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Old 03-15-2008, 10:31 PM   #1
Blackhawkbrew
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I've read a bit on here about turkey fryers and have been thinking about getting one (also, the wife is bugging me about the smell during the boils!) Anyway, is the aluminum pot that comes with the kits from HD or Lowe's or Dick's ok to brew in? Or should I use my usual stanless steel pot I've been using? I don't have a wort chiller (yet) so I'll probably still be doing half boils. Although this would give me an excuse to buy a chller, or better yet try and make one.

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Old 03-15-2008, 11:24 PM   #2
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Absolutely ok to brew in.

Look here for more info:
http://www.homebrewtalk.com/wiki/ind...for_brewing%3F


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Old 03-15-2008, 11:27 PM   #3
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Quote:
Originally Posted by Blackhawkbrew
Although this would give me an excuse to buy a chller, or better yet try and make one.
Brew with confidence, that aluminum pot is fine.

And buy that wort chiller. (You're going to end up buying it eventually anyhow, why not enjoy it now!)

 
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Old 03-16-2008, 02:26 AM   #4
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I need both. Three and a half hours to extract brew is BS...........
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Old 03-16-2008, 01:36 PM   #5
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the only down side to that aluminum pot is its durability. usually those 'came with the fryer' pots are extremely thin walled. it makes it difficult to add a weldless drain valve as the walls flex too much once drilled.
and you need to be careful about pouring it, mainly if you use the edge of the counter as a leverage point, you may dent the pot.

beyond that, I'd boil some water in it once, just to get the dark oxidation to form so there is no interaction with the acidic wort.
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Old 03-16-2008, 06:17 PM   #6
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Quote:
Originally Posted by malkore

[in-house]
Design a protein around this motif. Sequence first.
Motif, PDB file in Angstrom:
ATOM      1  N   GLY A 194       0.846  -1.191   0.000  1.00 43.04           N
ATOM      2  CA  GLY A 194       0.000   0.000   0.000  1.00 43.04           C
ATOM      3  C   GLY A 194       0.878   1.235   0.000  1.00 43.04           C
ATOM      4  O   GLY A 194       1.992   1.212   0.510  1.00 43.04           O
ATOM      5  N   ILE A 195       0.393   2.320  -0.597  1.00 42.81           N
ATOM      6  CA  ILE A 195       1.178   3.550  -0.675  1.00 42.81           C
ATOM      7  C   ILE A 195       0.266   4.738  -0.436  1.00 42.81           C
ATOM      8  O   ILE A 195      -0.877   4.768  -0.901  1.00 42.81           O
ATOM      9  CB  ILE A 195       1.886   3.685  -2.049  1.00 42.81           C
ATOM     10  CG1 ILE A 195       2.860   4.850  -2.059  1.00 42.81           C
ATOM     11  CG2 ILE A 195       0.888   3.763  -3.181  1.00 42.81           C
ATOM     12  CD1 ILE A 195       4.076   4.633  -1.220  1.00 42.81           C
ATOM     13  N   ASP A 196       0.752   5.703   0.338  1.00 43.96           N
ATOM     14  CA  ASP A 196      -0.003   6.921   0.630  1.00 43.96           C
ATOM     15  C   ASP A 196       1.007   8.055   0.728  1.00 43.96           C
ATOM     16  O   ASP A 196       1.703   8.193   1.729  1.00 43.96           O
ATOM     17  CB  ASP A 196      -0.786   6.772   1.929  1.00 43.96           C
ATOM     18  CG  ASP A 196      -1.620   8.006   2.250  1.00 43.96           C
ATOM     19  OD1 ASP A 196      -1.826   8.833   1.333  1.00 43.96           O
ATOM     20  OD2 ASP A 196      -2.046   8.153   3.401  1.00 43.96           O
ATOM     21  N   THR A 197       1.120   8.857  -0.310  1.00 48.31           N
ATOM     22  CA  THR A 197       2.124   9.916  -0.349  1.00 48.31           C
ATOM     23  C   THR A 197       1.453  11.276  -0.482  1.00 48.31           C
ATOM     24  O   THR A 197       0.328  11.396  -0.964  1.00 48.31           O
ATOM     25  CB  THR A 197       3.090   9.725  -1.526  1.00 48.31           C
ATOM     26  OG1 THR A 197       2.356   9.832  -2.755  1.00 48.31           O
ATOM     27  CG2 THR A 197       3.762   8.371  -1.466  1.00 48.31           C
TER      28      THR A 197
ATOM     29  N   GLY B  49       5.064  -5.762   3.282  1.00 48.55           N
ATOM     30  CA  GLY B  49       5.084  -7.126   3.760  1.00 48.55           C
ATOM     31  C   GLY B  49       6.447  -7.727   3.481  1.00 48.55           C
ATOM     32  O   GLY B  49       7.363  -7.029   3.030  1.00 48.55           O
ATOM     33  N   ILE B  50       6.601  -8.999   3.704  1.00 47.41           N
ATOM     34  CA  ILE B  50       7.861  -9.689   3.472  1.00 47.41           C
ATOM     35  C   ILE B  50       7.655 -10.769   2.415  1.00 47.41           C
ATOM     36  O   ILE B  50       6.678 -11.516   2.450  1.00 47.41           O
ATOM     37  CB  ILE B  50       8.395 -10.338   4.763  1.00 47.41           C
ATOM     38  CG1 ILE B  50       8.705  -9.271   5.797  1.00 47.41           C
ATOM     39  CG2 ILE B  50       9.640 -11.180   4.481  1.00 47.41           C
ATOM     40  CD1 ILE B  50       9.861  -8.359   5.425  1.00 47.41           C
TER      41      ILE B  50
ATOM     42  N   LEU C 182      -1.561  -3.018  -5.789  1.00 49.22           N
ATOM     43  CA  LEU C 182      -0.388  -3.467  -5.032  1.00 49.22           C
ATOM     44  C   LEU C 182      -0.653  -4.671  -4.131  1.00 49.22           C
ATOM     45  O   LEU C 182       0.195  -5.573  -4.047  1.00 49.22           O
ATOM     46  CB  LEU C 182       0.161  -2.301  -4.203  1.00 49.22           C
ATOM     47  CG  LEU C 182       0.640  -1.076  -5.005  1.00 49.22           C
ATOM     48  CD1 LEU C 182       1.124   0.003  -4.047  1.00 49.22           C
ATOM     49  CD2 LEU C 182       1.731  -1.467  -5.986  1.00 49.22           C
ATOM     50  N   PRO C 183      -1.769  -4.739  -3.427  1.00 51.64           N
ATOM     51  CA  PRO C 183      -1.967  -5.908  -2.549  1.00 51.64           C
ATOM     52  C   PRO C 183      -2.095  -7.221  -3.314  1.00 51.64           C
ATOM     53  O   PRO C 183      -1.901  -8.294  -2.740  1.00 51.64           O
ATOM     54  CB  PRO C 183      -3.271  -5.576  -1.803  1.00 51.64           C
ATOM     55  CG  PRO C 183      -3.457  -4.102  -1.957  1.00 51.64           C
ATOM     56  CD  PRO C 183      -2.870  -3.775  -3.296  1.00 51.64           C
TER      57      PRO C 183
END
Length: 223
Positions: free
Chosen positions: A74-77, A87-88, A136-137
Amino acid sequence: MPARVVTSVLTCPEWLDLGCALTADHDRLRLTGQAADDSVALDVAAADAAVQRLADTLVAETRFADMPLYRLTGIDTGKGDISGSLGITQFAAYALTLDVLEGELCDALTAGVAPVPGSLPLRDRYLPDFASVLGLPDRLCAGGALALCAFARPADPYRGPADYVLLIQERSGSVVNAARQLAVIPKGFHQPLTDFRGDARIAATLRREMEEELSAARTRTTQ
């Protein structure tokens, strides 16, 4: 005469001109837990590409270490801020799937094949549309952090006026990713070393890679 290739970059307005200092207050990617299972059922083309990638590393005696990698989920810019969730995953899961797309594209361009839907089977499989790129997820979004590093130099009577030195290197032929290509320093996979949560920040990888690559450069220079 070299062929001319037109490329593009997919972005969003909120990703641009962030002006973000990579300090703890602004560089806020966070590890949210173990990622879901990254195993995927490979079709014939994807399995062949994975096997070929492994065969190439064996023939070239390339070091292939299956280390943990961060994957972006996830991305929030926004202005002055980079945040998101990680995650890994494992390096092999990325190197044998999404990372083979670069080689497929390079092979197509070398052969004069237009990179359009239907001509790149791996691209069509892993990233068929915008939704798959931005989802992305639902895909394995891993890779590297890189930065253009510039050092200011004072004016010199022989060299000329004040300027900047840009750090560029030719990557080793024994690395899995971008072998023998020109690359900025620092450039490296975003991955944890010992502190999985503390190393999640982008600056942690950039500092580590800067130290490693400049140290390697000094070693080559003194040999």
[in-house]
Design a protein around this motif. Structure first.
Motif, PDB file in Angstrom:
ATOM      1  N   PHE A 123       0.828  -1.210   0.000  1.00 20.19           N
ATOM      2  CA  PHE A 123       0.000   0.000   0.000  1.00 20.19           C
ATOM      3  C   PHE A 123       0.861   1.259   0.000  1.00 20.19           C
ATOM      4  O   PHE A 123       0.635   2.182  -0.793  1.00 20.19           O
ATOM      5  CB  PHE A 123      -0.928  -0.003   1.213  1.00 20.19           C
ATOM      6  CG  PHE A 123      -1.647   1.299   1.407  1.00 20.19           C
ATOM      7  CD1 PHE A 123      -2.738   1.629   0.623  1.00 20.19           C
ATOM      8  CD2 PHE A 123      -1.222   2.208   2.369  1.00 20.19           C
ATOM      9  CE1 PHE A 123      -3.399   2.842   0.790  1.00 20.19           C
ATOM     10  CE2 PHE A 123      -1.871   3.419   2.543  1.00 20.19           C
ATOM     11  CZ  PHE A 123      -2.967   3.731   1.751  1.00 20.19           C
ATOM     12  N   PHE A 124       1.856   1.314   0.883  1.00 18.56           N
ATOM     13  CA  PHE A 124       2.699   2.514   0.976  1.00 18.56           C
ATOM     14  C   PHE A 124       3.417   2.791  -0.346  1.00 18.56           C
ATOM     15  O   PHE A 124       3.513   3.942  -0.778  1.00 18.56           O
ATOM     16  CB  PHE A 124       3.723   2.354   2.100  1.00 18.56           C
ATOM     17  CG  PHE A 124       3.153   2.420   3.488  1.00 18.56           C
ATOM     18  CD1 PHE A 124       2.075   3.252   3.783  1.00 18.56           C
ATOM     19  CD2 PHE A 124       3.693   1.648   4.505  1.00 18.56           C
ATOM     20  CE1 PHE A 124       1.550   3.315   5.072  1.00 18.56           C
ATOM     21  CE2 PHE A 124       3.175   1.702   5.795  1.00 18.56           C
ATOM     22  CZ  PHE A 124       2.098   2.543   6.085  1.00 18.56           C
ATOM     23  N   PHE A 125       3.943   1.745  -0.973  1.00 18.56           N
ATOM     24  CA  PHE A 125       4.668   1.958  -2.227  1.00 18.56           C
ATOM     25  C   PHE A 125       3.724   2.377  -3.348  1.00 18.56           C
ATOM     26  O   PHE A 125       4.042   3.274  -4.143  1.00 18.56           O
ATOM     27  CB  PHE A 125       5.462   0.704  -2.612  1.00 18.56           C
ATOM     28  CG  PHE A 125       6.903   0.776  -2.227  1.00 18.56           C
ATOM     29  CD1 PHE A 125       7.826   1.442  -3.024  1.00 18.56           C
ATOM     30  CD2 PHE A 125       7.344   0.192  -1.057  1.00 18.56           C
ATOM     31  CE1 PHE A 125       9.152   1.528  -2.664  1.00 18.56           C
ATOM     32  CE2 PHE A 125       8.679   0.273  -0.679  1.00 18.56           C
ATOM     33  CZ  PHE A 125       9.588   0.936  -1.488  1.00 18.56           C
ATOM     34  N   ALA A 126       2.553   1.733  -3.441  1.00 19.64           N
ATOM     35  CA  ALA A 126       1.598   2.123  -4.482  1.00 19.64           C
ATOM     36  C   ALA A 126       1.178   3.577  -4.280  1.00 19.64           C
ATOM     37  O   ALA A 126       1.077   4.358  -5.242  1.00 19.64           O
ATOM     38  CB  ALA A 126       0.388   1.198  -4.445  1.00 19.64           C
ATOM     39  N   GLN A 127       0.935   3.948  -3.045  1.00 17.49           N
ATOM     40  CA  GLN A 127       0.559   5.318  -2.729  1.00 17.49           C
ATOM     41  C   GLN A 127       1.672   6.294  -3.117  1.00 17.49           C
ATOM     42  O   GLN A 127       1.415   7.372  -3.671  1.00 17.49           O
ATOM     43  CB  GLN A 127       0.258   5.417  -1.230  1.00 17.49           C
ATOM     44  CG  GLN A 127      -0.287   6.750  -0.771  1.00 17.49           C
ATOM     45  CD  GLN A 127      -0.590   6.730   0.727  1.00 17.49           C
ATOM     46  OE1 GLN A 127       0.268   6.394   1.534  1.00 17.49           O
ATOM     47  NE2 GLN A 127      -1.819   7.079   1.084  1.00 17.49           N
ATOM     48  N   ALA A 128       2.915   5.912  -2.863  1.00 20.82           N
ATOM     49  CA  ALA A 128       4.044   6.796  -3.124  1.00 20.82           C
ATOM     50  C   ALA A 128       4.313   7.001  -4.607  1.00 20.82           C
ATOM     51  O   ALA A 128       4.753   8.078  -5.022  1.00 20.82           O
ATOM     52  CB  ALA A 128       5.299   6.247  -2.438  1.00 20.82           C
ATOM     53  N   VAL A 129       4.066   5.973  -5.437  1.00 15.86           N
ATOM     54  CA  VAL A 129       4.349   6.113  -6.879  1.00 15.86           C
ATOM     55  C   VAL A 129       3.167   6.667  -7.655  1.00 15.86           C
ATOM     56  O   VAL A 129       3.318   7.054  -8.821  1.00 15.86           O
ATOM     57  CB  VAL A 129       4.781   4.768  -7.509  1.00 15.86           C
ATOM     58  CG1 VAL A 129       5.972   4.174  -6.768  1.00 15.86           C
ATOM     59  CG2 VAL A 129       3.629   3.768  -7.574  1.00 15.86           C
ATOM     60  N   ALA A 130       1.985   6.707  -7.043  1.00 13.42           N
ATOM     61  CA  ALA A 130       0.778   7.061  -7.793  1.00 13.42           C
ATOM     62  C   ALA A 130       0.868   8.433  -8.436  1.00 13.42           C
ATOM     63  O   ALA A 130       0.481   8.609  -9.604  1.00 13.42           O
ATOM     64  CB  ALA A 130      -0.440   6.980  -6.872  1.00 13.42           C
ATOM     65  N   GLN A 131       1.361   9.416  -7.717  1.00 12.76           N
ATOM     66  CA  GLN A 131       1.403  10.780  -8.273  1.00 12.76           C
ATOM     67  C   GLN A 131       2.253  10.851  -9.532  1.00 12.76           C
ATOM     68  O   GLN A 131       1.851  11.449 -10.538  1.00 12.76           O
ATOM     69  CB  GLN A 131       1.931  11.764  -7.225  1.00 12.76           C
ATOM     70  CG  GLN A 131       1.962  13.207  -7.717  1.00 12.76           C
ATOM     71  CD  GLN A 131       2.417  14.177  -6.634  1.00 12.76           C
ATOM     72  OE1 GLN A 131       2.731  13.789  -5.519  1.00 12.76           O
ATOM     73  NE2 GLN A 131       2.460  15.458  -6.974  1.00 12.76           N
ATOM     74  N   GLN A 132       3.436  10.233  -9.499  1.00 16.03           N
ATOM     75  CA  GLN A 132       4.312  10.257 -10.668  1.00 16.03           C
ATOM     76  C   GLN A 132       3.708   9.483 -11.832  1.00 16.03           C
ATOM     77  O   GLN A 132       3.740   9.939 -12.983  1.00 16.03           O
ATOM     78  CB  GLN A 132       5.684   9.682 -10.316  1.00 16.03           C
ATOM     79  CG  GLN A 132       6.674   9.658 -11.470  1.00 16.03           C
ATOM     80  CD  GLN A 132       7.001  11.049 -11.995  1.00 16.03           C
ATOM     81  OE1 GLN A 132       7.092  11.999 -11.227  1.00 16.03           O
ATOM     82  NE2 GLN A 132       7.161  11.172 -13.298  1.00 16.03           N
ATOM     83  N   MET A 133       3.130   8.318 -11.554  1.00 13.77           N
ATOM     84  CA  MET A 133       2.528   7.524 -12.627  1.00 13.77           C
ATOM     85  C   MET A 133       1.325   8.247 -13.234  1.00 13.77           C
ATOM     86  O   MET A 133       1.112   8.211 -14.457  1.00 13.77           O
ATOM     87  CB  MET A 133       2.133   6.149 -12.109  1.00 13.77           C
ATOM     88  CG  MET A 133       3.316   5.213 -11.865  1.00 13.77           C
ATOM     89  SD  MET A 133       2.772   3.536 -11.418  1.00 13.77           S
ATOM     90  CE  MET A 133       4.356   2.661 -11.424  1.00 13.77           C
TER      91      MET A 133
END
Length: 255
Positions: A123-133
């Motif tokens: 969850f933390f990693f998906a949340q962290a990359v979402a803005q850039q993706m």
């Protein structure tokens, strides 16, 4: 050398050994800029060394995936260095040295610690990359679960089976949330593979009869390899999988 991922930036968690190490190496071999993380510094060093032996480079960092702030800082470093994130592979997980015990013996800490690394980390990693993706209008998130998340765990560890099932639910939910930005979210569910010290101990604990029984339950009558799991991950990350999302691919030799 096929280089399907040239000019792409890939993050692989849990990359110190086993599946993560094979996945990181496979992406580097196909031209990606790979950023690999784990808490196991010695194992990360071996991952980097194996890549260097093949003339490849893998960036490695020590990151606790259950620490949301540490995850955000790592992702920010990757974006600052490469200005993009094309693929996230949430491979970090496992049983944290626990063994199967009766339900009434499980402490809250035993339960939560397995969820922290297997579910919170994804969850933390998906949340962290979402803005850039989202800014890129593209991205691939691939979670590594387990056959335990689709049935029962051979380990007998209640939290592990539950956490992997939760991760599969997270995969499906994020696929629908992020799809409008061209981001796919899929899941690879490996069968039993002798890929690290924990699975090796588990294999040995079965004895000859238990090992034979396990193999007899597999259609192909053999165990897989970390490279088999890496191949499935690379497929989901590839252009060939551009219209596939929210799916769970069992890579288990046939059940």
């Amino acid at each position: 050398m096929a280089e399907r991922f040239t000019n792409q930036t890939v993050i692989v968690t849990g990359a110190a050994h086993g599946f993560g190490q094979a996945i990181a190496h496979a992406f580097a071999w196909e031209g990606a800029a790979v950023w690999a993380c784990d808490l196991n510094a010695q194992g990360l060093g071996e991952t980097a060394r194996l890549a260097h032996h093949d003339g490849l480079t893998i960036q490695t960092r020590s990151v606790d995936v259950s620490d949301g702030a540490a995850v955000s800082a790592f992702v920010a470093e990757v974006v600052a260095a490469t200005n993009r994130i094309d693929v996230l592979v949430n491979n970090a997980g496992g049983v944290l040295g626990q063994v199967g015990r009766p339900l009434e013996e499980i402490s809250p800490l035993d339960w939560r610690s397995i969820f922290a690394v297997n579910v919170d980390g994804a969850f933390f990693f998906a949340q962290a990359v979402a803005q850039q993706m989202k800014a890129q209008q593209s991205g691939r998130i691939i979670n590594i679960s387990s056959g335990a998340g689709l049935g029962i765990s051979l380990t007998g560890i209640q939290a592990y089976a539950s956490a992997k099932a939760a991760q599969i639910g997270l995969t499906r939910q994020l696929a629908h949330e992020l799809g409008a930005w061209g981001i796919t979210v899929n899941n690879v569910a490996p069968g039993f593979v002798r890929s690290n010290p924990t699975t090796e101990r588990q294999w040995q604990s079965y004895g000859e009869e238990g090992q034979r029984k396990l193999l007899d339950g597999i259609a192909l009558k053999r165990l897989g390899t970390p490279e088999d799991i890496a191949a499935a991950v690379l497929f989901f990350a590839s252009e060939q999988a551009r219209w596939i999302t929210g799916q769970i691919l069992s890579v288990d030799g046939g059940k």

the only down side to that aluminum pot is its durability. usually those 'came with the fryer' pots are extremely thin walled. it makes it difficult to add a weldless drain valve as the walls flex too much once drilled.
and you need to be careful about pouring it, mainly if you use the edge of the counter as a leverage point, you may dent the pot.

beyond that, I'd boil some water in it once, just to get the dark oxidation to form so there is no interaction with the acidic wort.

Not sure what you've seen, but the one I just picked up has a pretty substantial wall thickness.

 
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Old 03-17-2008, 05:26 PM   #7
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Mine seems more thin on the bottom, not the sides so much. But the thing wasn't heavy duty either. I already dented it and I haven't even brewed with it yet!

 
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Old 03-17-2008, 05:56 PM   #8
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The couple books that I have read tell me not to use aluminum Pots because they add off flavors. However, everyone in here says it doen't effect it at all. I wish I would have known that before I bought my $40 stainless steal brewpot, because at Meijer that have the turky fryer on clearance for $18, and I put it down because of the stupid book.
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Old 03-17-2008, 06:20 PM   #9
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I've been using a couple of those cheap walmart turkey fryer sets for over a year. They've performed great---though one has a hole in its LPG tubing, so I picked this baby up at home depot over the weekend:



150k BTU's instead of the 55k that the turkey fryers have.

The only real drawback to the fryer kits is that once you move to all-grain brewing and full boils, the 30qt kettle that comes with the turkey fryer kits is not really big enough. But the kettles are still nice to have around. I still mash in them and use them to heat up my strike & sparge water. But if I were you, I'd also get yourself a nice big aluminum kettle. I paid $70 at Instawares for a 15 gallon aluminum kettle (shipped!) and it's one of the best things I ever did.
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Old 03-17-2008, 07:46 PM   #10
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The home depot is lying. According to bayouclassicdepot.com, the SQ14 is only 55k BTU (unless you upgrade the regulator to a 15 or 20PSI from the stock 10PSI one).

That being said, I used my SQ14 to bring 13gal of wort to a boil on Saturday without a problem.



 
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